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Dialogue and democracy


The love of language in American cinema is fundamentaly a love of oratory, arising from its belief in a democratic system in which everyone can have his or her say.

Michel Chion (2009): Film, a Sound Art.
Columbia University Press

YAMLProj - C++ projects for the rest of us



Over the past spring we have done major under-the-hood changes to how C++ projects are maintained in Jamoma. Instead of needing to maintain parallel Xcode and Visual Studio projects (and potential additional projects for iOS and Linux), we now maintin project using simple YAML text files.

Tim has just posted on how this is done on his blog. It is well worth a read, for Jamoma developers as well as others that might be looking for a simple cross-platform project maintenance solution.

Apple, please don't baby-sit me!



I’m currently testing some audio software, and in the process received a mail with the following statement:

Please note that code-signed audio applications cannot instantiate third-party Audio Units plug-ins that are not code-signed.

This is so lame that it’s difficult to understand how anyone at Apple could even come up with the idea.

iZotope Iris is AudioSculpt turned spectral sampler


When AudioSculpt was first released by Ircam back in 1994, it offered ground-breaking new possibilities for spectral analysis and processing of sound. Since then the program has been maintained and updated, and is still available on a yearly subscription basis as part of Ircam Forum.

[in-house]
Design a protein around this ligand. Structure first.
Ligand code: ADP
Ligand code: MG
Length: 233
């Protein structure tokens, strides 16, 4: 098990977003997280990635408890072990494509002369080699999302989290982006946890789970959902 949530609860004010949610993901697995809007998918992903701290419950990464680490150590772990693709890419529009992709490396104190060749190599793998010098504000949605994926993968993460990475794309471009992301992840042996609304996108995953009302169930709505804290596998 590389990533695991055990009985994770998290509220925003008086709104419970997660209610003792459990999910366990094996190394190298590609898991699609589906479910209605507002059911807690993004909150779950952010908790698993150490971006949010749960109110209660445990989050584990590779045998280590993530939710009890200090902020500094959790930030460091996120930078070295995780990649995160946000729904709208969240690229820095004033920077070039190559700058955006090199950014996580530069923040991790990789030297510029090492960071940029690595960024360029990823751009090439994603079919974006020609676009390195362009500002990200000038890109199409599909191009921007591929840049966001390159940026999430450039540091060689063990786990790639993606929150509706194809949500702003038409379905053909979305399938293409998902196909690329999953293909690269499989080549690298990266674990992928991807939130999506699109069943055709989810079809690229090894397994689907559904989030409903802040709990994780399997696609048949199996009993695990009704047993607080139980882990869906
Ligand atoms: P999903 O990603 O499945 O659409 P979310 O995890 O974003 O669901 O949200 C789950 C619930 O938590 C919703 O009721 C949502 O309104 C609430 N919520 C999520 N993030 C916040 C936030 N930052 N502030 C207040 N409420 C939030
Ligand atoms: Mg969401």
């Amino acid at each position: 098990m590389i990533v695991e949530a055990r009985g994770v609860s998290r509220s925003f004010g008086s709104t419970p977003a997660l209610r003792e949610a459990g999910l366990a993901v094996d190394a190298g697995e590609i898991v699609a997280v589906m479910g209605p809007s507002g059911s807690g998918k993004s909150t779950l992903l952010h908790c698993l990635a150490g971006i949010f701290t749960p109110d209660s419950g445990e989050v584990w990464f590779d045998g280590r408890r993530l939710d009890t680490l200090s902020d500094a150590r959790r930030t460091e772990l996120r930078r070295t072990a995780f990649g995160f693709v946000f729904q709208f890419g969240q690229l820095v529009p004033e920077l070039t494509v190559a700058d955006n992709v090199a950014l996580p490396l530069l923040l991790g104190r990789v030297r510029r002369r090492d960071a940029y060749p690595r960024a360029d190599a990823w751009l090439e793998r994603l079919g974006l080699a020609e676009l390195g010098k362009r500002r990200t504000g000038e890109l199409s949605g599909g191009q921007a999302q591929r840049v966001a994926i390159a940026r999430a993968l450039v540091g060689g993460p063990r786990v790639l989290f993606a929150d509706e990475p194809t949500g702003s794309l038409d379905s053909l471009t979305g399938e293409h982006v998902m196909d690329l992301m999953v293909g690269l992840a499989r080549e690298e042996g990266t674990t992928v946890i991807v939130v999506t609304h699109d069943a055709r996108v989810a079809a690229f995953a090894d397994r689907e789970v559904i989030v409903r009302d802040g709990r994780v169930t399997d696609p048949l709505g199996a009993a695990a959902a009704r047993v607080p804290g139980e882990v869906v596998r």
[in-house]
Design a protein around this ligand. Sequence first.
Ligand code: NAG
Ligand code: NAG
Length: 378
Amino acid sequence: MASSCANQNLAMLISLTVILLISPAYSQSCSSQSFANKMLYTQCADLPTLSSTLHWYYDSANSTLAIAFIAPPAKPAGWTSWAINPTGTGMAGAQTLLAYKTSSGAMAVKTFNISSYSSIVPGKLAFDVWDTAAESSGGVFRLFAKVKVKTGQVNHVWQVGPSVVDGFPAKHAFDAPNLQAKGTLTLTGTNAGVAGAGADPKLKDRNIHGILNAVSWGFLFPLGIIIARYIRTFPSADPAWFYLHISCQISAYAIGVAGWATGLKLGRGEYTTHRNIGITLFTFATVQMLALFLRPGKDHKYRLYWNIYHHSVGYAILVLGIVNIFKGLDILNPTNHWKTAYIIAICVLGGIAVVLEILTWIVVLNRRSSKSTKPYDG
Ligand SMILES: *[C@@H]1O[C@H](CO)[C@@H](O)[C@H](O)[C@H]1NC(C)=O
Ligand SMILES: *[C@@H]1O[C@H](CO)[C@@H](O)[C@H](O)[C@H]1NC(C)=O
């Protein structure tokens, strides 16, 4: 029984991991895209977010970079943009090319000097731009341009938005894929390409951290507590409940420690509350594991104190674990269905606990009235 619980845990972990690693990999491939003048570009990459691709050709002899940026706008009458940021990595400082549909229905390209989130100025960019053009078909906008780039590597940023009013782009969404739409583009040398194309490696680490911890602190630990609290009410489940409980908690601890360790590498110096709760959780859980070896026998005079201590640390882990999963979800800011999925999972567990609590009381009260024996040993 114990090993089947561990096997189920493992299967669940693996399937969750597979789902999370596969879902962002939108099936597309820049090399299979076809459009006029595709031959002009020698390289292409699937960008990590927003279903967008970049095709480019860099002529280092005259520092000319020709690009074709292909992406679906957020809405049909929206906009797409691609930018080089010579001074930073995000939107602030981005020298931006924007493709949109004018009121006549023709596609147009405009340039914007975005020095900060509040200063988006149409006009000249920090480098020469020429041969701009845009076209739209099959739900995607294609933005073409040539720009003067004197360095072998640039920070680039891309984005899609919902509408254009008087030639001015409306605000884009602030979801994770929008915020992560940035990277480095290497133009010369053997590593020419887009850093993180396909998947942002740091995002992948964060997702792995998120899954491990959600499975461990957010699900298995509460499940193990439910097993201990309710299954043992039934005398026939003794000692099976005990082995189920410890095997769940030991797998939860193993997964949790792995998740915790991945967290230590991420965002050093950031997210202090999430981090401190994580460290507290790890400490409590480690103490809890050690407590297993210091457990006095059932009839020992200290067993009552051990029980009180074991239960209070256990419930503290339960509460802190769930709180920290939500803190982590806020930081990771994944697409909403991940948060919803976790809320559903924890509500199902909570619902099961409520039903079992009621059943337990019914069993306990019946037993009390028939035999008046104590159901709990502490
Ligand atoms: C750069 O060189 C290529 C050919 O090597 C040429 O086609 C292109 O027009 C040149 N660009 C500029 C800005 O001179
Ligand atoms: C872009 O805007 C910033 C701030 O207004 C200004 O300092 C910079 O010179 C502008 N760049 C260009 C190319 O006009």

Related software has been released later on, such as Spear (development might seem to have stalled back in 2009), Raven (mainly geared towards bioacoustic research), MetaSynth and Spectro. Acousmographe from GRM is yet another option that I discovered in the process of writing this post. Adobe Audition also has advanced spectral processing capabilities, and I guess this list is far from extensive.

Anyway, one of the newest kids on the block is iZotope Iris. Iris combines up to three samples that can all be spectrally filtered and combined with an optional syntesised signal (e.g. noise or “dirty” sine tone) that can be spectrally processed as well. With easy to use capabilities for setting in and out points for each sample, looping properties, envelopes, transpositions, time stretching and some common FX processing (distortion, delay, chorus and reverb) Iris offers possibilities for some pretty nifty sound design.


PS: If you know of additional software related to the above, please mail or tweet me, as I would be curious to know.

Best paper award at SMC 2012


The paper “SpatDIF: Principles, Specification, and Examples” by Nils Peters, Jan C. Schacher and Trond Lossius received one of the two best papers awards at the Sound and Music Computing Conference 2012.

The winners are invited to submit a revised and expanded version for publication in a future issue of The Computer Music Journal.

I’d like to take the opportunity to thank my co-authors for both of the SMC 2012 papers, Nils Peters, Jan Schacher and Tim Place, for their great work on these papers, and for the general inspiring and stimulating collaboration and friendship over several years.


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